At What Point Do We Stop Learning?
All the time we are in Government School, we are looking forward to graduating and getting to our next place. What that place will be – college, trade school, a job, a gap year?
In theory, that is what you are trying to find out when we are doing that time. Are we seriously learning enough to help us get by? That is definitely up for debate.
Back in the 50’s, 60’s, 70’s and maybe the 80’s, we thought so. A high school education – and the diploma it came with – were supposed to mean something. It meant you could read, understand math, understand government and civics.
Somewhere in that time, someone decided that the US was falling behind in test scores and educational outcomes versus other countries (China? Japan? Europe?) and we came up with “The New Math”, Outcomes Based Education, No Child Left Behind and Common Core. All of course were designed to help us “catch up” to these other countries whose scores were better than ours.
And in the end, did any of it help? Are our test scores any better? Graduation rates?
I tend to put little credence on the primary education system. And unfortunately when you listed to the guidance councilors at the high school level, I do not think they do either. It seems that the only thing that they are preparing kids for is the College that the kids need to get into. So I continue to ask. What will they get in college?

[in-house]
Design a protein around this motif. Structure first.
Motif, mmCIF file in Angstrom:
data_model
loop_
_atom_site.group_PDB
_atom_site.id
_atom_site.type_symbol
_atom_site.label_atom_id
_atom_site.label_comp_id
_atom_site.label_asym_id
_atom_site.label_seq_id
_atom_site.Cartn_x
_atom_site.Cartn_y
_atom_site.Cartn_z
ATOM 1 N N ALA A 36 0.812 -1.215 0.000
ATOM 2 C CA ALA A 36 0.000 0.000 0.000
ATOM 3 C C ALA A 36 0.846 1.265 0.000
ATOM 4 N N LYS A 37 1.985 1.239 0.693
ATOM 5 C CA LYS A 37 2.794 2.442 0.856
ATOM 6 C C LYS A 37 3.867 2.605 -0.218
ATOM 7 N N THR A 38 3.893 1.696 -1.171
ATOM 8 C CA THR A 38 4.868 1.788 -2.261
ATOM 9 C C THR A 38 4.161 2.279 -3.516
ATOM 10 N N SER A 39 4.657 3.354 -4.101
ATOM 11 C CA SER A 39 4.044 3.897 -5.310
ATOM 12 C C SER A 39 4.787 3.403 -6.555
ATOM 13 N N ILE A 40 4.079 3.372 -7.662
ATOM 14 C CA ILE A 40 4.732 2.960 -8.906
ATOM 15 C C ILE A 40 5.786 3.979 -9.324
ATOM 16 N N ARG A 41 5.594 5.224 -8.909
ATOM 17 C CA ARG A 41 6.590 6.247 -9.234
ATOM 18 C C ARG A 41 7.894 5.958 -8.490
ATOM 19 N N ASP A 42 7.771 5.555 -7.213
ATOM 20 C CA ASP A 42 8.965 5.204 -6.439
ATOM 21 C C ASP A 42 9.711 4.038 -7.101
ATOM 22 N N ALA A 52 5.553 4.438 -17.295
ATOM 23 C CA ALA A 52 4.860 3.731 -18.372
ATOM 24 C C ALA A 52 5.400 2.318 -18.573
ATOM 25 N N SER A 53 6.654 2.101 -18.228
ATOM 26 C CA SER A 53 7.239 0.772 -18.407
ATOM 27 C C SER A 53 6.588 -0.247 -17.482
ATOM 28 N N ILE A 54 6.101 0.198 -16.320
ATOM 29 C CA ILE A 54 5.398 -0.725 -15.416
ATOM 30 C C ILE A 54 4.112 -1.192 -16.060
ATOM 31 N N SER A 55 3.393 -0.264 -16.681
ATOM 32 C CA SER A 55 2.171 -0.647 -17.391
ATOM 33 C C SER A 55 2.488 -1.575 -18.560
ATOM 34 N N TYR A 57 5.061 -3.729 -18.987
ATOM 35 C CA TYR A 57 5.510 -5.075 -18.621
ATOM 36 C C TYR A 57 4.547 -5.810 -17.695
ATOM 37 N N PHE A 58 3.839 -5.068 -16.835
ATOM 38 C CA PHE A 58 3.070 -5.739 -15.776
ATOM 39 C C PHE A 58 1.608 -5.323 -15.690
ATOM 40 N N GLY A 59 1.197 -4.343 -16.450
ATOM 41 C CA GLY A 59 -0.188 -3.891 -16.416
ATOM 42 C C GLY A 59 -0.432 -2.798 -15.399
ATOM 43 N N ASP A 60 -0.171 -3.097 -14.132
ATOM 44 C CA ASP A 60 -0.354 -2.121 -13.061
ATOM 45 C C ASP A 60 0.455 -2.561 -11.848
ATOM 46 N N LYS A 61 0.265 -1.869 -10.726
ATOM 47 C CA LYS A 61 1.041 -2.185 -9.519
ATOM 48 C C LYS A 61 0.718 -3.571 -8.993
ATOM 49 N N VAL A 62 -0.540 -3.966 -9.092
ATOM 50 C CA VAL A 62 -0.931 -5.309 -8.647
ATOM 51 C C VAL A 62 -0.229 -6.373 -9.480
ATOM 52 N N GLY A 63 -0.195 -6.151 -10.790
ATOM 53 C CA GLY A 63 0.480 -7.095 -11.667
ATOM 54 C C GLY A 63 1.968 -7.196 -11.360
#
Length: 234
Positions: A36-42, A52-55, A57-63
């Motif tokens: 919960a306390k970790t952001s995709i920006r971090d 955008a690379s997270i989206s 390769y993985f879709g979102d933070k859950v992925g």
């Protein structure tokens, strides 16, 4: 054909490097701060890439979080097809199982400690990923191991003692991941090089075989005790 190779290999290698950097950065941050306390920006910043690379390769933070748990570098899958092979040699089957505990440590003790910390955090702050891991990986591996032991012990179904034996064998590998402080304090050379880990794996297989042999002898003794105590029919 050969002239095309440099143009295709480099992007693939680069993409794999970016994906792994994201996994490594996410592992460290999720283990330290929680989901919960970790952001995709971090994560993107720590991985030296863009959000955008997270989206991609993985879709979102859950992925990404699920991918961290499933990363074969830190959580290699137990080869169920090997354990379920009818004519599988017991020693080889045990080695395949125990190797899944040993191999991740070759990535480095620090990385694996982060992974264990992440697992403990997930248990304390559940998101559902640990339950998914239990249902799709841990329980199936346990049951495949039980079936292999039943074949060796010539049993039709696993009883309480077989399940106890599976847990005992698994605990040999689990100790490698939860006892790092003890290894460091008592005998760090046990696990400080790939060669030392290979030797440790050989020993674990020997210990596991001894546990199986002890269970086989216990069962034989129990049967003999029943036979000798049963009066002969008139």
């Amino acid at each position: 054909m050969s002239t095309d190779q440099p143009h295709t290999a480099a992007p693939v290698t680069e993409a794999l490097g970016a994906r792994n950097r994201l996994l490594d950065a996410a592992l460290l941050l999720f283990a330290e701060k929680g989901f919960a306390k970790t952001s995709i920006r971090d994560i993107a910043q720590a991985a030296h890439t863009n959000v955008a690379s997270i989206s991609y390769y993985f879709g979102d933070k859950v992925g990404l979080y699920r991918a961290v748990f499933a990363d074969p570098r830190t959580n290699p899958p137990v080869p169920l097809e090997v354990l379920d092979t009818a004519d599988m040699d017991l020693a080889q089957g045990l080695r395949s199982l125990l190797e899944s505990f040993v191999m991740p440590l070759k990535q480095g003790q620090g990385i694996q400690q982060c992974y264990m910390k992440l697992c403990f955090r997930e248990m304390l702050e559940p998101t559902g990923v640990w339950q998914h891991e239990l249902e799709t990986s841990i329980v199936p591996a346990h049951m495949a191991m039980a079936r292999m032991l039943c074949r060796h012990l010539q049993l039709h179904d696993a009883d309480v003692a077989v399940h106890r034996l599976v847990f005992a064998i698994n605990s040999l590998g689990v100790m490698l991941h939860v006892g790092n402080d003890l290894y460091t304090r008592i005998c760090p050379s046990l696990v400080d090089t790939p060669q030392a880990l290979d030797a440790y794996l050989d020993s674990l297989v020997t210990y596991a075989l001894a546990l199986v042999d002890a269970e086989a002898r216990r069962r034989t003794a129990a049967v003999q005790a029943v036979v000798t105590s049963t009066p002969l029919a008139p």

And after 2, 4, 6, 12 years of college (and anywhere from $20,000 to $100’s of thousands of dollars), are you any more equipped to enter the workforce?
So Back to the Question of Actual Learning
I ponder a lot of these questions because I west through the education process myself. I graduated High School, Graduated College and went out into the workforce. My college did not do a very good job at ushering me into a career. Maybe it was because I did not connect with the right office at the right time. I took my diploma and ran.
As for further formal education, it was my goal to get a job after college. I was sick and tired of being a poor student. So after almost a year of searching, I found work. It was not directly in my field of study, but I could use what I learned. And frankly, I do not think it mattered to my employer. The Diploma was simply a ticket in the door.
I could have gone for an MBA, but I really did not want to go back to school. Any further education, I have done on my own.
How to Study as an Adult
You hear a lot about adults going back to school and getting an additional degree. Maybe its just a bachelors. Maybe its a high school diploma. Going that route, you are still following the “EDUCATION SYSTEM.”
For me, I have not pursued anything that would get me a degree. But I continue to learn.
I am an avid reader. Last year, I accepted a challenge on the website Goodreads. In January, I declared the number of books that I would read. It ended up being 35. I actually read 42 books, but I am not bragging. But honestly it was not easy. Reading that many books means 3 books per month.
I am always reading at least 2 books at a time. Some are long. Some are short. Some are research. Others just for fun. Some are rereads.
I also nosh out on television documentaries. The History Channel and Discovery are fantastic for this.
I see it as a choice we have in life.
I recently read this meme on Facebook that offers some thoughts and stats about reading. If any of the stats are real, it is an eye opening thought. We all have brains that we can use to better ourselves. We need to keep doing it.